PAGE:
Hundreds of homes across Britain were flooded on Sunday as heavy rain and strong winds continued to batter the country and environmental officials warned of more storms to come.
In a Twitter message, Prime Minister David Cameron described scenes of flood in the rural southwestern region of Cornwall as "shocking", and promised that his government "will help ensure everything is being done to help".
Two people have died since heavy rains began on Wednesday, including a woman killed by a falling tree in the southwestern city of Exeter and a man who became trapped in his car in rising waters in Somerset, also in the southwest.
The Cornish village of Millbrook was reportedly under five feet (1.5 metres) of water with 40 homes evacuated, a BBC reporter who lives there said, after torrents of muddy water swept through the village on Saturday.
Many communities were cut off after police shut water-logged roads in Cornwall, where four severe flood warnings were issued overnight over rapidly rising river levels, and neighbouring Devon.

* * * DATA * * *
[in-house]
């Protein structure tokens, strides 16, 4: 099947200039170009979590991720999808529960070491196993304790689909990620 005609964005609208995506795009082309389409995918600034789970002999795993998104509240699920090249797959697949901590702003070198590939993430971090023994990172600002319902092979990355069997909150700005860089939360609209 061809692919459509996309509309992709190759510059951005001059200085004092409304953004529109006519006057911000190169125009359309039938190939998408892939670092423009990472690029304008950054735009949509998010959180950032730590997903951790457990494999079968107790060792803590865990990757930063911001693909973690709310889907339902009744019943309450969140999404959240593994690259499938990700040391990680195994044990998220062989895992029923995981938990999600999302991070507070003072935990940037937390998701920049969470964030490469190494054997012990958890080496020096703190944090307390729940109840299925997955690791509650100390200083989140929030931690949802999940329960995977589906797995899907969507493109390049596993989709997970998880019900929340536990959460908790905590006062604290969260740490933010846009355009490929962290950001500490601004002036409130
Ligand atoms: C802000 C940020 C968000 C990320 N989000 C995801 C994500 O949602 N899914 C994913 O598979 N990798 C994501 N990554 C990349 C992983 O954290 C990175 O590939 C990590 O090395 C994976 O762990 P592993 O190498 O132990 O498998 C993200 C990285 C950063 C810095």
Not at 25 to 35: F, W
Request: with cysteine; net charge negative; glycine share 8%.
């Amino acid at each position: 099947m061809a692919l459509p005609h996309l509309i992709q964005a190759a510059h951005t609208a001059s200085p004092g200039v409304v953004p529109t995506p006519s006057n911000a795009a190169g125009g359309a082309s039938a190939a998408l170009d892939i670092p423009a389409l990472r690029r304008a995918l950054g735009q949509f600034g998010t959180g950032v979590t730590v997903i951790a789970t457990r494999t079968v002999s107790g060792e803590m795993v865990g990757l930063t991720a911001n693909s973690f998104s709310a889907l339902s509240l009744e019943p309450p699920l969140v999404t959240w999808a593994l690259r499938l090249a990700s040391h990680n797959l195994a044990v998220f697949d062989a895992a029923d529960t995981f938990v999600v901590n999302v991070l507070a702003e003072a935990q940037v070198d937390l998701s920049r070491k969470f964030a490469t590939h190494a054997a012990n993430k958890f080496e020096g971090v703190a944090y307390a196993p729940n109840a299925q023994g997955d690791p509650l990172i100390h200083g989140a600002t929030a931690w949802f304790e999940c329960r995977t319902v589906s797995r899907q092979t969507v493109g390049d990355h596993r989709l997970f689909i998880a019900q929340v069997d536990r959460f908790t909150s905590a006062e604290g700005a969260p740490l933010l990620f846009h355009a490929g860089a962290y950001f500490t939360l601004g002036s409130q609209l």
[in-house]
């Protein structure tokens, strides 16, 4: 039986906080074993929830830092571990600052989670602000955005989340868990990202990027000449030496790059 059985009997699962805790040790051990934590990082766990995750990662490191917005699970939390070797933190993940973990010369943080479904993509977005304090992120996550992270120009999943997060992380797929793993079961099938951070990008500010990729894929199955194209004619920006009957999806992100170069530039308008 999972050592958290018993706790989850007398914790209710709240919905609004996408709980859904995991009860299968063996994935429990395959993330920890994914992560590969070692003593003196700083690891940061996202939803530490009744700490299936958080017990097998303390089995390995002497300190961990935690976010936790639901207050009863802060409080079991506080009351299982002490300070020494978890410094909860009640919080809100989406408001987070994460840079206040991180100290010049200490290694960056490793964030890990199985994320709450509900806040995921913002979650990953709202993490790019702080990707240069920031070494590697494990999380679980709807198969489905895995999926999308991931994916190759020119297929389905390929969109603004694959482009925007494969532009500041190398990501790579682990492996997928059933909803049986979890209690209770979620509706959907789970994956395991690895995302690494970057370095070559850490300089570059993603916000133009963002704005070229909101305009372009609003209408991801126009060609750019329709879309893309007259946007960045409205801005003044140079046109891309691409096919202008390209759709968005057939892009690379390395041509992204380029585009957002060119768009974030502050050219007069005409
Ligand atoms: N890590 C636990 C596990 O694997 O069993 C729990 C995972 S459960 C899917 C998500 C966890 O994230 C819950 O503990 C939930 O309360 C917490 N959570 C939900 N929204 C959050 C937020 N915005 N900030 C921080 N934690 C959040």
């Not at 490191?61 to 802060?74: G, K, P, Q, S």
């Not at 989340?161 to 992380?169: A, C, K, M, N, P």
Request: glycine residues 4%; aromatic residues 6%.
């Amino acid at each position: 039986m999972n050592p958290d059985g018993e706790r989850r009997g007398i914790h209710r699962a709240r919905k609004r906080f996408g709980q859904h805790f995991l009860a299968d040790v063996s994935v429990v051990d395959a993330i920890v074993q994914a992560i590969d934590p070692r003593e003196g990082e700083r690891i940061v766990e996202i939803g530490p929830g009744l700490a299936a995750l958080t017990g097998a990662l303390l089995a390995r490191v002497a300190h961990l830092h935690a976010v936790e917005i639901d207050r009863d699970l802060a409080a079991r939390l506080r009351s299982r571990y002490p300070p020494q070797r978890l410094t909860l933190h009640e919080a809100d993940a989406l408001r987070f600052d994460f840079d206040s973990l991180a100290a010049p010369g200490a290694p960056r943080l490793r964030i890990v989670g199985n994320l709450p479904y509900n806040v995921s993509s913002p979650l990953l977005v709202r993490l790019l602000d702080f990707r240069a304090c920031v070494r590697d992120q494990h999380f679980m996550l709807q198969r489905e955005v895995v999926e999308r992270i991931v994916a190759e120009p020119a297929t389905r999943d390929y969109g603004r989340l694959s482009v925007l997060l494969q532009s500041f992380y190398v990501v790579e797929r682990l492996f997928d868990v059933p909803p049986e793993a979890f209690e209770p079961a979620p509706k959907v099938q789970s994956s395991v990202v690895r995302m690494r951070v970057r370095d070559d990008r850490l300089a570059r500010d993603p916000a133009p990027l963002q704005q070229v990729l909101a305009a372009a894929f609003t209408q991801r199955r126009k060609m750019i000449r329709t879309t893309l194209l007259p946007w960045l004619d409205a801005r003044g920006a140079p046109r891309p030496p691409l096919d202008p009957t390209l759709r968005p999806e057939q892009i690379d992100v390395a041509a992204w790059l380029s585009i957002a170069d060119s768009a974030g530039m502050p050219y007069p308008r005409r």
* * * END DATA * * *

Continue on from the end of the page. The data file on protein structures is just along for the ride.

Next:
Across Britain, the Environment Agency said nearly 500 homes have flooded since Wednesday and warned more rain was on the way on Monday.
In Malmesbury in Wiltshire, western England, pub landlord Tom Hudson said he had water lapping at the door in the worst floods he had seen for 14 years.
"It's gone down a lot but I'm trying to get hold of some sandbags because more rain is forecast for later today," he said.
"Houses across the road have been flooded to a depth of three or four feet, with furniture floating around in the rooms.
"I've been here 14 years and there were floods in 2000 and again in 2007 but this is much worse than either of those."